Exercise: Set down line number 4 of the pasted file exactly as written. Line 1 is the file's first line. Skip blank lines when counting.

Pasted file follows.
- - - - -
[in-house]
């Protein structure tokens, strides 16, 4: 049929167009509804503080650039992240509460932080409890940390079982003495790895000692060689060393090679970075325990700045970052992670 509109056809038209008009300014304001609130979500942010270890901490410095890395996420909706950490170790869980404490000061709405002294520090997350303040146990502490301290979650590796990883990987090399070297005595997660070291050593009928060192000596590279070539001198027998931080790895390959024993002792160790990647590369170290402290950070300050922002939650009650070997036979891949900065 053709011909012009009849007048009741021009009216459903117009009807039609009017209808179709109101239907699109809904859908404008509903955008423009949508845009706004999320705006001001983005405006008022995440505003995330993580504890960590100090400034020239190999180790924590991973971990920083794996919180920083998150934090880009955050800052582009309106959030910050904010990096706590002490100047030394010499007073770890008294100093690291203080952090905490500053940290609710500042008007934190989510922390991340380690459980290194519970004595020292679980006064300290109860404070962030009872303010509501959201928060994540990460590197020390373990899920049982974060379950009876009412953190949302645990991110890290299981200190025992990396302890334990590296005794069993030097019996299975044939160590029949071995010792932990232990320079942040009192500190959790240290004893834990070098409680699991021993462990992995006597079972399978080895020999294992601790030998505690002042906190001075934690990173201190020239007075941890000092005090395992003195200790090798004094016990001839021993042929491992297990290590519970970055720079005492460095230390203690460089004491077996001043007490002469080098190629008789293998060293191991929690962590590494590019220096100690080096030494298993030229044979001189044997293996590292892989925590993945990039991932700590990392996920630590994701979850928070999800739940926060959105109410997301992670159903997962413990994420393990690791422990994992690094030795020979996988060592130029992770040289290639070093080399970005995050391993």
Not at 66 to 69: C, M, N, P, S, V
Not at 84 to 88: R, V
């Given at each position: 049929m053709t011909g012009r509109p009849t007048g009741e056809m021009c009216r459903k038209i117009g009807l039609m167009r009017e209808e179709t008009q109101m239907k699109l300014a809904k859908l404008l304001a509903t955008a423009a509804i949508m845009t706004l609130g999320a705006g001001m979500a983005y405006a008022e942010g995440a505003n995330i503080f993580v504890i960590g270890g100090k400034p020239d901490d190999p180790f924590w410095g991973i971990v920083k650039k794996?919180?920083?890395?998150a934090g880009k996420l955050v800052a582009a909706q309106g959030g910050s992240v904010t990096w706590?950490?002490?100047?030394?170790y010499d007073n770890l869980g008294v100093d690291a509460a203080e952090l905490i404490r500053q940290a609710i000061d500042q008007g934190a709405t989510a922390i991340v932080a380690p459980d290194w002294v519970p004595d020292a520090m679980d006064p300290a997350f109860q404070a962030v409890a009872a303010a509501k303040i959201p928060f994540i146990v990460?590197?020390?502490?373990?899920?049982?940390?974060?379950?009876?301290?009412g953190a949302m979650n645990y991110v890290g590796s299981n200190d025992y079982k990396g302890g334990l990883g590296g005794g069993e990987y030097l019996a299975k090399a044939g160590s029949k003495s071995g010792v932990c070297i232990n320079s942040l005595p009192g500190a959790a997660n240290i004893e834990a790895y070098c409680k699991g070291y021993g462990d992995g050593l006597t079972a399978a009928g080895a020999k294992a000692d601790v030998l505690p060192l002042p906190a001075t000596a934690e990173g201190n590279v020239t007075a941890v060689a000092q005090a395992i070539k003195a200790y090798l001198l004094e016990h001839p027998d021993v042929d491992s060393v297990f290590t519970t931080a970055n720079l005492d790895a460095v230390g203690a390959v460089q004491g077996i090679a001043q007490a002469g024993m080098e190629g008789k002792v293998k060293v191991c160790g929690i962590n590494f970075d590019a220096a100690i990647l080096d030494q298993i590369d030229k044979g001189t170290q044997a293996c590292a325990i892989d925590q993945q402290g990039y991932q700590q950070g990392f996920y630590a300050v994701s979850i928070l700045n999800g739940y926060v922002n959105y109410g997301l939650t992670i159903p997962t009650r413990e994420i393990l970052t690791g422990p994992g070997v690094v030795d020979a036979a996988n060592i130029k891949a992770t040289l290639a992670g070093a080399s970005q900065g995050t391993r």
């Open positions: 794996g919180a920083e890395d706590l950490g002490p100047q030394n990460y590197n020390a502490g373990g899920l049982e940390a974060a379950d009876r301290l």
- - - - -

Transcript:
Not at 84 to 88: R, V